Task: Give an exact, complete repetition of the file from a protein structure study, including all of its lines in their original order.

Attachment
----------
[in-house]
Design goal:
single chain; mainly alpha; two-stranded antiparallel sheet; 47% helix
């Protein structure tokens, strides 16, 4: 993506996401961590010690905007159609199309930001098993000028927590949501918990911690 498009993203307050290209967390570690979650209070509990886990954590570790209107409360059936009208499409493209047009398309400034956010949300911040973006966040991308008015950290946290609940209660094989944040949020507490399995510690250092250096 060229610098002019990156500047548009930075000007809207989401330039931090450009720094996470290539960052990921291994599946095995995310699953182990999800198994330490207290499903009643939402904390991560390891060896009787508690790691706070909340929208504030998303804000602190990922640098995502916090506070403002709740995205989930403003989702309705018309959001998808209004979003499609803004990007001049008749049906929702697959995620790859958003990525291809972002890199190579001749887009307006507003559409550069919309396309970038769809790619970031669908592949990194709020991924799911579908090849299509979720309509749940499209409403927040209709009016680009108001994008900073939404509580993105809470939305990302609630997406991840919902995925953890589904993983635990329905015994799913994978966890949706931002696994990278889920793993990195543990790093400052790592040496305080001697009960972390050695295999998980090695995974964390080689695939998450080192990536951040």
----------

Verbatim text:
[in-house]
Design goal:
single chain; mainly alpha; two-stranded antiparallel sheet; 47% helix
């Protein structure tokens, strides 16, 4: 993506996401961590010690905007159609199309930001098993000028927590949501918990911690 498009993203307050290209967390570690979650209070509990886990954590570790209107409360059936009208499409493209047009398309400034956010949300911040973006966040991308008015950290946290609940209660094989944040949020507490399995510690250092250096 060229610098002019990156500047548009930075000007809207989401330039931090450009720094996470290539960052990921291994599946095995995310699953182990999800198994330490207290499903009643939402904390991560390891060896009787508690790691706070909340929208504030998303804000602190990922640098995502916090506070403002709740995205989930403003989702309705018309959001998808209004979003499609803004990007001049008749049906929702697959995620790859958003990525291809972002890199190579001749887009307006507003559409550069919309396309970038769809790619970031669908592949990194709020991924799911579908090849299509979720309509749940499209409403927040209709009016680009108001994008900073939404509580993105809470939305990302609630997406991840919902995925953890589904993983635990329905015994799913994978966890949706931002696994990278889920793993990195543990790093400052790592040496305080001697009960972390050695295999998980090695995974964390080689695939998450080192990536951040």